Investing has never been easier. Thanks to the innovation of the fintech industry, buying and selling investments is affordable, accessible, and efficient. The barriers to entry have been dismantled in recent years, benefiting retail investors who do not enjoy the same privileges as the power players on Wall Street.
With a buffet of options, how do you even select the right investments for you?
It all depends on your investor profile: risk tolerance, capital, age, and other factors. We have compiled a primer on how to pick investments that are the best fit for you.
What are your Needs and Goals?
Anytime somebody enters the financial markets, this step should be lauded for the decision. Investing is a great way to build and nurture your money, especially in an environment of ultra-low interest rates. But what do you hope to gain from investing in commodities, stocks and bonds? The answer may be, “Make money.” But the world of investing is a little more nuanced.
Indeed, before you hit the buy or sell button, it is vital to identify your needs and goals of trading stocks, buying shares of exchange-traded funds (ETFs), and purchasing units of mutual funds.
Are you investing to optimize your tax? Are you looking to fund your retirement? Are you trying to make up for a lost time as you head into your golden years? There are many aspects to consider when investing, and the answers to these questions will guide your investment strategy.
How Long can you Invest?
When you are in your 20s or 30s, you have a few decades before you are forced to cash out and cover your day-to-day living expenses in your retirement. This means that you can hang onto your investments for a long time and reap the rewards, whether greater returns or quarterly income.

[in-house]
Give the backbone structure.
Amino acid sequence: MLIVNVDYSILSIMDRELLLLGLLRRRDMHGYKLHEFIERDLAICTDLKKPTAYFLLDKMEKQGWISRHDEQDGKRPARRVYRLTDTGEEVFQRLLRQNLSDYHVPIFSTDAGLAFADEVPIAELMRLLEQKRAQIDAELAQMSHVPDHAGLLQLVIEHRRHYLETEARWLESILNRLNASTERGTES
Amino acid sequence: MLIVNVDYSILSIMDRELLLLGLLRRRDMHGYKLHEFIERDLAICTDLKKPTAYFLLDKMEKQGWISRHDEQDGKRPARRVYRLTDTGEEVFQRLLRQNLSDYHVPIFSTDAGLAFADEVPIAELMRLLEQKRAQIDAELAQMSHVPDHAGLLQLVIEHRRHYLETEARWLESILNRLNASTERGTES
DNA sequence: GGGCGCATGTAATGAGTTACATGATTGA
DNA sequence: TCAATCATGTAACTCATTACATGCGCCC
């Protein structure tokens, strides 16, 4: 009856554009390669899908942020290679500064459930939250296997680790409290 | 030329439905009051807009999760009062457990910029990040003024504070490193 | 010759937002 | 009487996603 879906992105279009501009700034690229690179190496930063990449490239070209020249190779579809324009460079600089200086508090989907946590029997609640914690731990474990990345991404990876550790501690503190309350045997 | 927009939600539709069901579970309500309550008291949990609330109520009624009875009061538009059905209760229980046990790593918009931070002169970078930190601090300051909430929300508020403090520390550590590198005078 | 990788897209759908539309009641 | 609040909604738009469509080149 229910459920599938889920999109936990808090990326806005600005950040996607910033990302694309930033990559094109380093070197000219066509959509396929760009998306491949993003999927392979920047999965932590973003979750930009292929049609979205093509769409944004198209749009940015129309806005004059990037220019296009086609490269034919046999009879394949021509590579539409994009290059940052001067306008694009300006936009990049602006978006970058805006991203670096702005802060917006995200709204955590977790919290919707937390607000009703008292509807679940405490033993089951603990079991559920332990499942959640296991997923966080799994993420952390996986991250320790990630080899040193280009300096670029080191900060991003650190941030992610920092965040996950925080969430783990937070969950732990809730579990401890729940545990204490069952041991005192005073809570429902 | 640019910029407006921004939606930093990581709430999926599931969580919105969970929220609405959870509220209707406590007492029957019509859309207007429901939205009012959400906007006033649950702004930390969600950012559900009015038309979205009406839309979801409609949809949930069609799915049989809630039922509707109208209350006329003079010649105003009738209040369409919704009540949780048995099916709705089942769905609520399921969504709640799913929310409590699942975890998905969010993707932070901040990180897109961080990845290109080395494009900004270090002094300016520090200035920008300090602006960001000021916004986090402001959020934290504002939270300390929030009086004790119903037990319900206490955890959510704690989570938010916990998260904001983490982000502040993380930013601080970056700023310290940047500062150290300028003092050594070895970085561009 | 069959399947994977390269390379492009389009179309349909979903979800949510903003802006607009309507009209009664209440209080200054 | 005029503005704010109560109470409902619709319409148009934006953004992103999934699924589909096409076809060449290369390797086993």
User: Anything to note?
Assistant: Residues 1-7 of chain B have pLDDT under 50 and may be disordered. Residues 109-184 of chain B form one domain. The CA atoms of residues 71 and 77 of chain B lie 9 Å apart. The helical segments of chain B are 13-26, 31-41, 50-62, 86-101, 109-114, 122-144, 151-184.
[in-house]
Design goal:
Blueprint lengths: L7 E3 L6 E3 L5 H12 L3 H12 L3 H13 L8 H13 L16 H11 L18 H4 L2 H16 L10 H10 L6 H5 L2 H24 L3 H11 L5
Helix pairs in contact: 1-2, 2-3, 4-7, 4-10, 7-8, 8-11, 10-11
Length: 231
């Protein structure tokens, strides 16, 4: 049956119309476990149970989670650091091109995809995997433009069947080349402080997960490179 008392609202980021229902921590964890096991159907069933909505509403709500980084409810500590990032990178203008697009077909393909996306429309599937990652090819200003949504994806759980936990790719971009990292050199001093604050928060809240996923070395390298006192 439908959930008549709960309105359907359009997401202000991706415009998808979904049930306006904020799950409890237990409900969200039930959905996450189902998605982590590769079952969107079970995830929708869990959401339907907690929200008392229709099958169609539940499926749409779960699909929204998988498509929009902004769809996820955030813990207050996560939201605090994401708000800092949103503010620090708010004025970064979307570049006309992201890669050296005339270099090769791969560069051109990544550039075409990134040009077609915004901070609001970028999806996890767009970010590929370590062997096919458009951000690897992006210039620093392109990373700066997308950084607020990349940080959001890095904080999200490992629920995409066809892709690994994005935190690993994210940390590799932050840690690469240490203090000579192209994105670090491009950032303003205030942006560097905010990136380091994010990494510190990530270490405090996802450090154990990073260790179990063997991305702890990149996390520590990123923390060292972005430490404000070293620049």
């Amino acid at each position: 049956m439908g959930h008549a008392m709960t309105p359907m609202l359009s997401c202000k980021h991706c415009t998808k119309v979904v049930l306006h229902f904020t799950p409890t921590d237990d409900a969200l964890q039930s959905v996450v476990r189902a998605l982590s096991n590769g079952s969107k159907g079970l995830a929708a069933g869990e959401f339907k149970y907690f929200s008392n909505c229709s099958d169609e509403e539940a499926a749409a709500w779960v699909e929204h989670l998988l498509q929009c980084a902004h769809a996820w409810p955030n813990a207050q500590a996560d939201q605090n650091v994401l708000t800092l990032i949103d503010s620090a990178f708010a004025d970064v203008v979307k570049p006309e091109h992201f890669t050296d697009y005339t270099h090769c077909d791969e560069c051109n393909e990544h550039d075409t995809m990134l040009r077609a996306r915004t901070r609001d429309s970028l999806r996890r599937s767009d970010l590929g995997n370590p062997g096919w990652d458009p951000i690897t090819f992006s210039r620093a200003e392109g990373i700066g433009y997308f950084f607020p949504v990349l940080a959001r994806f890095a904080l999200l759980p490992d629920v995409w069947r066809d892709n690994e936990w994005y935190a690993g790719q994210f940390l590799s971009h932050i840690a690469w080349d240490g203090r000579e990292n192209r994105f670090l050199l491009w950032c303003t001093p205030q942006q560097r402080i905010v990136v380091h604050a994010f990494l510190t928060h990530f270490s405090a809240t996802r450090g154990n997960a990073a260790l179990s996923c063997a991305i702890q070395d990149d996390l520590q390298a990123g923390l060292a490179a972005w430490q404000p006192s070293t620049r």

On the other hand, if you are in your 50s or 60s, your window of time might be narrowing. In other words, you may not be able to afford the steep drops and prolonged downturns in the marketplace. Put simply, your age can determine both the length of investing and your risk tolerance.
Differentiate your Investment Types
Knowledge is key to making money in the financial industry. Without it, you are trading blind, potentially risking losses and sacrificing gains without understanding how a sector is performing or where a stock may be heading in the grand scheme of things.
The most crucial aspect of this step is to differentiate your different investment types. It’s like knowing what is the difference between a commercial real estate investment funds from mutual funds.
Although the industry offers thousands of different products and options, here are the primary investment instruments at your disposal:
- Mutual funds
- ETFs / ETNs
- Real estate
- Precious metals
There are traditional investment options and alternative investment options such as private equity, hedge funds, and real estate, that are not traded on public markets. These assets are a lot riskier than traditional, but provide higher returns on average than traditional investments.
Create a Personal Financial Roadmap
Many Americans can be impetuous with their investment decisions, resulting in serious blunders that will cost you money. In general, it takes a lot of research and trial and error to accumulate a decent return on your investing endeavors.